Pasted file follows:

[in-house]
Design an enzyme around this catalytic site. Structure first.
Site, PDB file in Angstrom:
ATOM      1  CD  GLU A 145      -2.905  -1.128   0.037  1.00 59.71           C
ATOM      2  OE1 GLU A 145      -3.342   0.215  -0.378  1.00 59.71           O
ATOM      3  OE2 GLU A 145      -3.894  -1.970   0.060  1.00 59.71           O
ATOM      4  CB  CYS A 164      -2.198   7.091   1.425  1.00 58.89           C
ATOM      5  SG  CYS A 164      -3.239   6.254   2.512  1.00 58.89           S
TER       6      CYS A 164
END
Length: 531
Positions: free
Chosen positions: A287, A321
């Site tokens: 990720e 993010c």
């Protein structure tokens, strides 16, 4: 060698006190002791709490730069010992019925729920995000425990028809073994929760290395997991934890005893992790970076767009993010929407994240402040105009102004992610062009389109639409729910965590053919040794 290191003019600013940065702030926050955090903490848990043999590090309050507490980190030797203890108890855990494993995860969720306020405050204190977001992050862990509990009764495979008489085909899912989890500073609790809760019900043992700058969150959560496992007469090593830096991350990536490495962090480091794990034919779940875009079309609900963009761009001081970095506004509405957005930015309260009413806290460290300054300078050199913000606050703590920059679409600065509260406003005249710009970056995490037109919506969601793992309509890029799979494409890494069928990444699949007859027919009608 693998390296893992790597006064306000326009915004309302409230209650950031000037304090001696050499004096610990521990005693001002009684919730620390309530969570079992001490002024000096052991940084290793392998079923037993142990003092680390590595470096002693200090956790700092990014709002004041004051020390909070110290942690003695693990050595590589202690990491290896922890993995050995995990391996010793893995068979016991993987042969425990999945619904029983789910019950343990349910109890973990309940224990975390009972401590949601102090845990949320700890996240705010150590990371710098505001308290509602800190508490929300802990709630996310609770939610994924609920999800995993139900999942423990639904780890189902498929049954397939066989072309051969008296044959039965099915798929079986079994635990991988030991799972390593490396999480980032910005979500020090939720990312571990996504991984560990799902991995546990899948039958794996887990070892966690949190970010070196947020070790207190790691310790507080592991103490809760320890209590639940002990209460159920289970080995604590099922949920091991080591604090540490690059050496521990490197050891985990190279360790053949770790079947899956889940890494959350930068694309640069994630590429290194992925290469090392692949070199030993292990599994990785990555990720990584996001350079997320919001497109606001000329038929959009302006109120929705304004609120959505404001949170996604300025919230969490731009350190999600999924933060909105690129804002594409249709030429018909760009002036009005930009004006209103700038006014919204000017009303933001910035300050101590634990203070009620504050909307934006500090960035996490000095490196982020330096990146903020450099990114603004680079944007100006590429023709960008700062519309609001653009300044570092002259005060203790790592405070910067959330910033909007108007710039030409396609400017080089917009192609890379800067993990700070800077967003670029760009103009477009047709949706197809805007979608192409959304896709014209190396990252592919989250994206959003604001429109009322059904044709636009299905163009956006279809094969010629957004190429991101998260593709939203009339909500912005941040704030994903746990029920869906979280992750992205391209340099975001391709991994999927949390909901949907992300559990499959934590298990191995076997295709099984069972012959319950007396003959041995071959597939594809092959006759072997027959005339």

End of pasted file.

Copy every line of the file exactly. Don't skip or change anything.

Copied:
[in-house]
Design an enzyme around this catalytic site. Structure first.
Site, PDB file in Angstrom:
ATOM      1  CD  GLU A 145      -2.905  -1.128   0.037  1.00 59.71           C
ATOM      2  OE1 GLU A 145      -3.342   0.215  -0.378  1.00 59.71           O
ATOM      3  OE2 GLU A 145      -3.894  -1.970   0.060  1.00 59.71           O
ATOM      4  CB  CYS A 164      -2.198   7.091   1.425  1.00 58.89           C
ATOM      5  SG  CYS A 164      -3.239   6.254   2.512  1.00 58.89           S
TER       6      CYS A 164
END
Length: 531
Positions: free
Chosen positions: A287, A321
């Site tokens: 990720e 993010c």
């Protein structure tokens, strides 16, 4: 060698006190002791709490730069010992019925729920995000425990028809073994929760290395997991934890005893992790970076767009993010929407994240402040105009102004992610062009389109639409729910965590053919040794 290191003019600013940065702030926050955090903490848990043999590090309050507490980190030797203890108890855990494993995860969720306020405050204190977001992050862990509990009764495979008489085909899912989890500073609790809760019900043992700058969150959560496992007469090593830096991350990536490495962090480091794990034919779940875009079309609900963009761009001081970095506004509405957005930015309260009413806290460290300054300078050199913000606050703590920059679409600065509260406003005249710009970056995490037109919506969601793992309509890029799979494409890494069928990444699949007859027919009608 693998390296893992790597006064306000326009915004309302409230209650950031000037304090001696050499004096610990521990005693001002009684919730620390309530969570079992001490002024000096052991940084290793392998079923037993142990003092680390590595470096002693200090956790700092990014709002004041004051020390909070110290942690003695693990050595590589202690990491290896922890993995050995995990391996010793893995068979016991993987042969425990999945619904029983789910019950343990349910109890973990309940224990975390009972401590949601102090845990949320700890996240705010150590990371710098505001308290509602800190508490929300802990709630996310609770939610994924609920999800995993139900999942423990639904780890189902498929049954397939066989072309051969008296044959039965099915798929079986079994635990991988030991799972390593490396999480980032910005979500020090939720990312571990996504991984560990799902991995546990899948039958794996887990070892966690949190970010070196947020070790207190790691310790507080592991103490809760320890209590639940002990209460159920289970080995604590099922949920091991080591604090540490690059050496521990490197050891985990190279360790053949770790079947899956889940890494959350930068694309640069994630590429290194992925290469090392692949070199030993292990599994990785990555990720990584996001350079997320919001497109606001000329038929959009302006109120929705304004609120959505404001949170996604300025919230969490731009350190999600999924933060909105690129804002594409249709030429018909760009002036009005930009004006209103700038006014919204000017009303933001910035300050101590634990203070009620504050909307934006500090960035996490000095490196982020330096990146903020450099990114603004680079944007100006590429023709960008700062519309609001653009300044570092002259005060203790790592405070910067959330910033909007108007710039030409396609400017080089917009192609890379800067993990700070800077967003670029760009103009477009047709949706197809805007979608192409959304896709014209190396990252592919989250994206959003604001429109009322059904044709636009299905163009956006279809094969010629957004190429991101998260593709939203009339909500912005941040704030994903746990029920869906979280992750992205391209340099975001391709991994999927949390909901949907992300559990499959934590298990191995076997295709099984069972012959319950007396003959041995071959597939594809092959006759072997027959005339």